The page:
2020 has been a nightmare of a year, and it’s been especially hard for small businesses. The Optical Industry has taken quite a hit, and made us all realise that to survive times like this we need to be adaptable, and open to looking at new ways to conduct our business. But before we can do this, we need to understand what we already have. One area that I get asked a lot about is frame product ranging, and how to get it right.
(disclaimer – if you don’t work in the Optical industry, this article may be a bit of a bore….feel free to read on and comment on ranges you do or don’t enjoy! The next blog post will be for you 😉 )
Product can be the most exciting, and the most stressful part of an Independent Eyewear practice. Eyecare is first and foremost what you are about but, having the right frame and sunglass selection is what keeps your customer in store while also attracting new business for you. Knowing and understanding your demographic is key to getting your stock formula right, but many practices are unsure of how to manage their stock ranges effectively.
By conducting a regular range review you will be able to identify your best selling ranges, the most profitable brands and price points, slow moving stock and areas that either are or are not worth investing in. I’ve come up with a list of tips to help you get your product range sorted – hopefully these will help you out!
- I do my range reviews on an Excel spreadsheet that I update monthly so it’s always on hand when I need it. I know other people are happy to write one up fresh each time they feel they need it. There’s no right or wrong way, as long as your plan makes sense to you!
- Separate RX frames and Sunglasses and do a review for each independently. These two categories are quite different from each other. Just because a brand does well in Sunglasses, doesn’t mean it will also do well in frames.
- Make a list of how many pairs you want to stock. This will become your target range. For example, how many display spaces you have + 6 weeks back up. Put as much detail into this as you can. Try splitting your range into Men’s/Women’s/Children, Fashion, Sport, budget etc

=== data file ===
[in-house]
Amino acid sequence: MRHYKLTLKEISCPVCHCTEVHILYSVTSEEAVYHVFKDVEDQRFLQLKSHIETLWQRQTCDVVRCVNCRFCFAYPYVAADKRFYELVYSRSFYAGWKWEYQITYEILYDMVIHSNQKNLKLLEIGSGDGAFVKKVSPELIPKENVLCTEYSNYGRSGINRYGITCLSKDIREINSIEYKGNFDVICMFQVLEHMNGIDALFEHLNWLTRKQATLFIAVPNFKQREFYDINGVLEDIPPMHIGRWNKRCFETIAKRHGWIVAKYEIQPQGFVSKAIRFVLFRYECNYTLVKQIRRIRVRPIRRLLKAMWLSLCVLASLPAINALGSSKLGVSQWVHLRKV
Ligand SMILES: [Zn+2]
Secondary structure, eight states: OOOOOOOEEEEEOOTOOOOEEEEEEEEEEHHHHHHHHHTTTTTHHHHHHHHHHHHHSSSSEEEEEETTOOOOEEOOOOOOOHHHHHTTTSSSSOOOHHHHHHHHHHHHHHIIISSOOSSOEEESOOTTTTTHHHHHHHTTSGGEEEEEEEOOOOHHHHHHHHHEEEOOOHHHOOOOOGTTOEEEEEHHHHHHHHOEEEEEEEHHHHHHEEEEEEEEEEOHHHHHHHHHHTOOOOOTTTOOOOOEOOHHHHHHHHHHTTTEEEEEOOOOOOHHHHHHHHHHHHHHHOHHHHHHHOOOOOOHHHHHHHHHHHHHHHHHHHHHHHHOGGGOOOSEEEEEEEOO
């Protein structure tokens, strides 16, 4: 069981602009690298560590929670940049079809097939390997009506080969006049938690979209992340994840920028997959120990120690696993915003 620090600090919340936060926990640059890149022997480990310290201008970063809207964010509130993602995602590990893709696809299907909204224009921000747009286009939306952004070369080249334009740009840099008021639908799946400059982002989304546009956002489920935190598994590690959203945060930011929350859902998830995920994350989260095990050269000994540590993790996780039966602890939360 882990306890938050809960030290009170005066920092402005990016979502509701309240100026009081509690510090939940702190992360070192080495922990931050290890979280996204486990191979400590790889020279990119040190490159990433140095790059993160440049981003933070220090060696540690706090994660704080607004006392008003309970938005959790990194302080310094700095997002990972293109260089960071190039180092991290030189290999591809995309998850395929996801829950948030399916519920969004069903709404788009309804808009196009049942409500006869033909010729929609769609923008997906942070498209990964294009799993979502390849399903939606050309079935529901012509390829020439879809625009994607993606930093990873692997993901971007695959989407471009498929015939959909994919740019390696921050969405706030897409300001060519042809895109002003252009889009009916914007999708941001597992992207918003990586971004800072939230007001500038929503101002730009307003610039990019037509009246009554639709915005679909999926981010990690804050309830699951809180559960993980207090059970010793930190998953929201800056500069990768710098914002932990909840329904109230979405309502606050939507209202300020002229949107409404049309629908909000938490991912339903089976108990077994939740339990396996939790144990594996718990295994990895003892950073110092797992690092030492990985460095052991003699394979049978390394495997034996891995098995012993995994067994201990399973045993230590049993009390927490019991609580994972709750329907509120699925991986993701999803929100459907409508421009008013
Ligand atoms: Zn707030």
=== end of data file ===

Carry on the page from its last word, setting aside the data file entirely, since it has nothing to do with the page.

- Run a stock listing report per brand and see where these numbers fit into your above plan. This part can be time consuming but gives you a great understanding of your stock performance. Manually going through this stage is the best way to get your head around where your stock range is working. There are sure to be as few surprises!
- At this stage, enter the numbers into your spreadsheet as goal qty, current qty and over/under qty per brand.
- Run a report showing sales for the category. I look at this every 3 months. Ensure you run it listed by brand so you can see which are best performing.
- You should now have an idea of where changes need to be made. It makes no sense to have 30 frames on the shelf of one brand if you only sell 2 per month. Ensure to look at your prices too, checking best and worst GP, any repetitive product faults, quality of after sales service from suppliers etc.
- Once you have made a decision on what will stay, ensure you have these brands topped up to the max qty you want to carry. If you display your eyewear in rows, I strongly suggest sticking to one brand for the entire row. Splitting them makes the ranges look messy, even to people that don’t know the brand names.
- If you have slow or poor performing brands, check with the wholesaler and see if they are willing to swap out the models and start fresh, or swap out for another one of their brands.
- From here you should have a clear understanding of what is missing from your range. You can call reps who you already deal with and explain your gap to see if they have any brands that may fit. Alternatively, look around to investigate any new potential suppliers.
If you own your business but don’t directly help consumers with their purchases, I would strongly suggest involving your staff in the review and buying process. What worked for you a year ago may not be working anymore. New releases sometimes change the fit of a brand and this also may not work with the majority of your clientele. Your staff are the frontline of customer feedback. They will know what colours sell, what colours and shapes draw the attention of customers, and what brands attract new business.
A good product range says a lot about your business. If it is neat, organised and tells a story, this is how your overall business will be viewed. Knowing your product and having a solid goal in place will alleviate some of the stress of purchasing and managing product in uncertain times. By knowing you are investing your money only in brands and product that works for your business, it becomes less of a risk and more of a benefit to invest in.
If you would like more information specific to your situation, don’t hesitate to send me an email via my ‘contact me’ page.
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